Nature Bulletin No. 431-A October 30, 1971
Forest Preserve District of Cook County
George W. Dunne, President
Roland F. Eisenbeis, Supt. of Conservation
One of the charms of our American autumn is the profusion of asters
that decorate the landscape from late August until the killing frosts of
October or November. Some kinds, last wildflowers of the dying year,
are still blooming when even the goldenrods are gone. Some are white;
a few are pinkish; others range in color from pale blue to purple. They
are very hardy but people who gather armloads of asters are
disappointed to find that they close up and lose their beauty almost as
soon as picked.
The asters belong to that largest of all plant families, the Composites,
which includes such common flowers as goldenrods, daisies,
sunflowers, thistles and dandelions. The name aster, from the Latin and
Greek word meaning "star", was given them because the flower head
has a showy ring of rays or florets -- similar to those of a daisy,
sunflower and chicory -- around a yellow center that turns reddish or
purplish brown with age. Almost all are perennials. Each tiny seed has a
short tuft of fuzz by which it is carried away in the wind.
The asters are found mostly in North America where there are scores of
species. They have their greatest variety and abundance in the eastern
half of the United States and, of 40 kinds found in the Chicago region,
only 10 are uncommon or rare. Some bloom early; some late. Each
species prefers a certain kind of habitat: dry wooded hills, open woods,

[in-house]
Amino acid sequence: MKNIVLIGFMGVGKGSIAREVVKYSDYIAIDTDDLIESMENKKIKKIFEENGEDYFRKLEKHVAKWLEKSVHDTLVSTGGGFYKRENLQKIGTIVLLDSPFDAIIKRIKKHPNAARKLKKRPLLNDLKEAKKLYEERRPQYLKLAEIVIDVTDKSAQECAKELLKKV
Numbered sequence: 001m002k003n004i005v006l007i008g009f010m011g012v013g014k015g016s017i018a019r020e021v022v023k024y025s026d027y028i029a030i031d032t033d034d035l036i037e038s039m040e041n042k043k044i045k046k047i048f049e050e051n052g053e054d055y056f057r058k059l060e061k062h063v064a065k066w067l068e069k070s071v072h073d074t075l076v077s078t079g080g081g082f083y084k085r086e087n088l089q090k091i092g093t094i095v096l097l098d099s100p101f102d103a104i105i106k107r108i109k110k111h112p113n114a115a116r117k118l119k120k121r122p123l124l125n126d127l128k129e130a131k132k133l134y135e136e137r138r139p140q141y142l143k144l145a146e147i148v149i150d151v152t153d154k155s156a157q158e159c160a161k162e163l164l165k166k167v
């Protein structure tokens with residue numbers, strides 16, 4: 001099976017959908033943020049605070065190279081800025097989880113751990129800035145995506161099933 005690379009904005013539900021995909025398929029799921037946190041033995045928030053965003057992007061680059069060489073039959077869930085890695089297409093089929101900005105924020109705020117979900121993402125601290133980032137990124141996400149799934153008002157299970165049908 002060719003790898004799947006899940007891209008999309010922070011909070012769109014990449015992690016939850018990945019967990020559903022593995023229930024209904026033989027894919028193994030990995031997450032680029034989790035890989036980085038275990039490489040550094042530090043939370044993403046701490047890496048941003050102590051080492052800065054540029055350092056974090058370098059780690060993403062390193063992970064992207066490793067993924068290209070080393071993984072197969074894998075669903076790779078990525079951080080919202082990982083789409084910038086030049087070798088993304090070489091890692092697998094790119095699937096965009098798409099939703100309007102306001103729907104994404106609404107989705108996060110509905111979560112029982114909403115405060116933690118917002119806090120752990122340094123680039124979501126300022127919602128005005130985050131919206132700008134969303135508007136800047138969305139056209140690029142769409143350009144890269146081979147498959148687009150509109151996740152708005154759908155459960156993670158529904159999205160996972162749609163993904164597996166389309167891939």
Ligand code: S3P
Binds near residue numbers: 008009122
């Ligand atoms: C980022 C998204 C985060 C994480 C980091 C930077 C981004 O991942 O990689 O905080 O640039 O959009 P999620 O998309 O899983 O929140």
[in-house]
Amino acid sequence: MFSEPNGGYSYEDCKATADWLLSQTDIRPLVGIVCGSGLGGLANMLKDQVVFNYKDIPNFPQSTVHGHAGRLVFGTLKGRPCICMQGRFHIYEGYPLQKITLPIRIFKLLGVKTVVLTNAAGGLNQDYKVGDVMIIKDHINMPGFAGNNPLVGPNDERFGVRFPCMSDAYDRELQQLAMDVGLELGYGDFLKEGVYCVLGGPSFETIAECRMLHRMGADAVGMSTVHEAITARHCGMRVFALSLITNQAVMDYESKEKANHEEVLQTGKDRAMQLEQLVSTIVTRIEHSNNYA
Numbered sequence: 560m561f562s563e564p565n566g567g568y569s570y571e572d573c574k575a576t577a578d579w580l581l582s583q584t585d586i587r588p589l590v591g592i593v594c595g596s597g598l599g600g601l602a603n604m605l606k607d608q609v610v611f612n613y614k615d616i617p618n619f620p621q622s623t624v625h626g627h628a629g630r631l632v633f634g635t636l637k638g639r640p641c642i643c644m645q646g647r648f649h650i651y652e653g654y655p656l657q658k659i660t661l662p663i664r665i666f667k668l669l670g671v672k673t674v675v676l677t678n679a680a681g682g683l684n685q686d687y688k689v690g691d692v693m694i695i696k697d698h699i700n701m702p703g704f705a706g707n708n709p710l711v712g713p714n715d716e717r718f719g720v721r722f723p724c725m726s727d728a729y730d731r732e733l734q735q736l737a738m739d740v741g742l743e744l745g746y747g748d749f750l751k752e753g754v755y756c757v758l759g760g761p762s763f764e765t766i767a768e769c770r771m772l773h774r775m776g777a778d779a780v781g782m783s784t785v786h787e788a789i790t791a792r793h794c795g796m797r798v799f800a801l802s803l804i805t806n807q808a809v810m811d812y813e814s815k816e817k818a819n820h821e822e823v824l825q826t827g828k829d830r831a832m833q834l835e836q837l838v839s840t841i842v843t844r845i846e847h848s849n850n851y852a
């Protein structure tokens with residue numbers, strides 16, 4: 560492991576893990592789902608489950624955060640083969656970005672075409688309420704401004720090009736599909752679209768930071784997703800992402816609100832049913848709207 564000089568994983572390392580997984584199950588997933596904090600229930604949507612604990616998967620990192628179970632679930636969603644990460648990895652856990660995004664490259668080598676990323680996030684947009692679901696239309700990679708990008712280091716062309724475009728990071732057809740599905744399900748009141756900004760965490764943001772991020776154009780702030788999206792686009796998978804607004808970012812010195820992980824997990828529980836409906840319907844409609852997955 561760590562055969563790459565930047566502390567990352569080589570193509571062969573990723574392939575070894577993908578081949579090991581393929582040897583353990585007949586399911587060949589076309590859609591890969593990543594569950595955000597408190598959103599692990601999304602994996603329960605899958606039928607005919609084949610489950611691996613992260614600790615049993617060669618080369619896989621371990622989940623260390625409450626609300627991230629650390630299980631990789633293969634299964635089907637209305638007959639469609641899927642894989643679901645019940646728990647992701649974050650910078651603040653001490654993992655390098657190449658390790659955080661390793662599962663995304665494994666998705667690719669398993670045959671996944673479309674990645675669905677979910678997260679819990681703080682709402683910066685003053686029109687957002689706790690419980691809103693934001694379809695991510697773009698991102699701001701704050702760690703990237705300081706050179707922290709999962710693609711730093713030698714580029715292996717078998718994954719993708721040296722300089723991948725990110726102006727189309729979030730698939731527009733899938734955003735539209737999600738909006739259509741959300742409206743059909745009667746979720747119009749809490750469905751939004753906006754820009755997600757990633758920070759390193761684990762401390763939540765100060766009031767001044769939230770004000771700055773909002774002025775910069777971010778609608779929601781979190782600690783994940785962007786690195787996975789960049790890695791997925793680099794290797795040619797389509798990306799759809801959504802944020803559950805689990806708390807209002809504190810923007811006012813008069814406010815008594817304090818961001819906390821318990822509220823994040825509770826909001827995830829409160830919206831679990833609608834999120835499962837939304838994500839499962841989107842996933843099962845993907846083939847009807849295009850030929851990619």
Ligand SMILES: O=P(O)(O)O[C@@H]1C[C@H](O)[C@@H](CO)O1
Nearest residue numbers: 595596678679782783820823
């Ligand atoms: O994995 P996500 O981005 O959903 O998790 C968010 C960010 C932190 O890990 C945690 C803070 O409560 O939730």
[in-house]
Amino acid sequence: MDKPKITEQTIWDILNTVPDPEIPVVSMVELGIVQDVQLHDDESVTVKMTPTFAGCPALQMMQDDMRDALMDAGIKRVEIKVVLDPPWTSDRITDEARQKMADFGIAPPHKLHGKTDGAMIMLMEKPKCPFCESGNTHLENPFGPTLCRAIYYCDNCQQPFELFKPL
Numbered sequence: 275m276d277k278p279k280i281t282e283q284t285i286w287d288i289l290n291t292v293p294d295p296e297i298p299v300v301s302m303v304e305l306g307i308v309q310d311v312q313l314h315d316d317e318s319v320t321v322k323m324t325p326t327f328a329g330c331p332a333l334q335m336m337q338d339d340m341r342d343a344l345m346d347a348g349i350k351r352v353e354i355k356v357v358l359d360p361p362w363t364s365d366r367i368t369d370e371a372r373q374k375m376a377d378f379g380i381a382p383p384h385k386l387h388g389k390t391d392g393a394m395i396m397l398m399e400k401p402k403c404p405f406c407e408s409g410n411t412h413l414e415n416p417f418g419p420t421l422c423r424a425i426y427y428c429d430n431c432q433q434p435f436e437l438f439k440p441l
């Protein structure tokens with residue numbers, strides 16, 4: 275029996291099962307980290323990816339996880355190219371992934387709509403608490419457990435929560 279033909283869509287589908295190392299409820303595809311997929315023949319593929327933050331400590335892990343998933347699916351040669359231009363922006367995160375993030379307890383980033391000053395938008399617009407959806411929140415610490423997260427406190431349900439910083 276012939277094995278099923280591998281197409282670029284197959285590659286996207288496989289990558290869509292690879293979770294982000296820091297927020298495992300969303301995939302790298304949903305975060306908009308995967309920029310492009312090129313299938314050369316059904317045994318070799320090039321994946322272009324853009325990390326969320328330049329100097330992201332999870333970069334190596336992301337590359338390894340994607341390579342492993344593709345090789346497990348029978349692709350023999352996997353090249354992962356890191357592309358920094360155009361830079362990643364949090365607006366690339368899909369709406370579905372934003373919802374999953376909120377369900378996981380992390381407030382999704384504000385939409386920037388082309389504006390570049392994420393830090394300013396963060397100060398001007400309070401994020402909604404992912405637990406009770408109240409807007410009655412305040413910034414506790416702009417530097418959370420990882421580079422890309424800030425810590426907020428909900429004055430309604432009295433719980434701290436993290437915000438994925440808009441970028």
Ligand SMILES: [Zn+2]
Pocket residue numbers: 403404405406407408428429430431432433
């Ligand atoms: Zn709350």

fields and prairies, sandy soils, rich bottomlands, stream banks,
swamps, or even bogs. Those growing in shady places usually have
broad heart-shaped leaves, whereas those in fields and open spaces
have slender or needle-shaped leaves. There is a bewildering array of
species but, for you and me, it is of little consequence whether or not
we can tell them apart, as far as our enjoyment is concerned.
Except as weedy cover protecting soils from erosion, asters have little
practical importance. The Indians apparently used the roots, the bottom
leaves, or the flowers of a few kinds for medicines. Some were burned
as a smudge to drive away evil spirits, or as hunting charms to attract
deer and counterfeit the scent of a gland between the toes of that
The New England Aster, blooming late, is the largest and handsomest
of all. It grows in erect clumps, often as tall as your head, in fields and
along roadsides but especially in moist ground. It bears loose clusters of
flower heads each with 40 to 50 rays of deep blue or purple. The entire
plant is pungently aromatic. The strikingly ornamental Smooth Aster
has more numerous blue or violet flowers. Its foliage and gracefully
bending stems have a bluish green cast. Like the New England aster, it
has been cultivated in gardens.
one end of Illinois to the other, our country roads, pastures and
abandoned fields in the uplands are whitened by the Heath Aster, also
called Frost Aster. Seldom more than knee-high, it is densely bushy, has
stiff narrow leaves, and bears masses of little frosty-white flowers. The
Multiflora Aster, which also has masses of small white flowers, is very
abundant in the prairies and abandoned fields of this region. We
frequently see several acres thickly covered with it.
There are many other familiar kinds, with all sorts of common names,
all combining to end the year's seasons of blooming wildflowers with a
grand flourish. After frost has come and their seeds have been shed, the
remnants of the flower heads are still star-like and can be used to make
attractive winter bouquets. Ave Asters !
To return to the Nature Bulletins Click Here!
Update: June 2012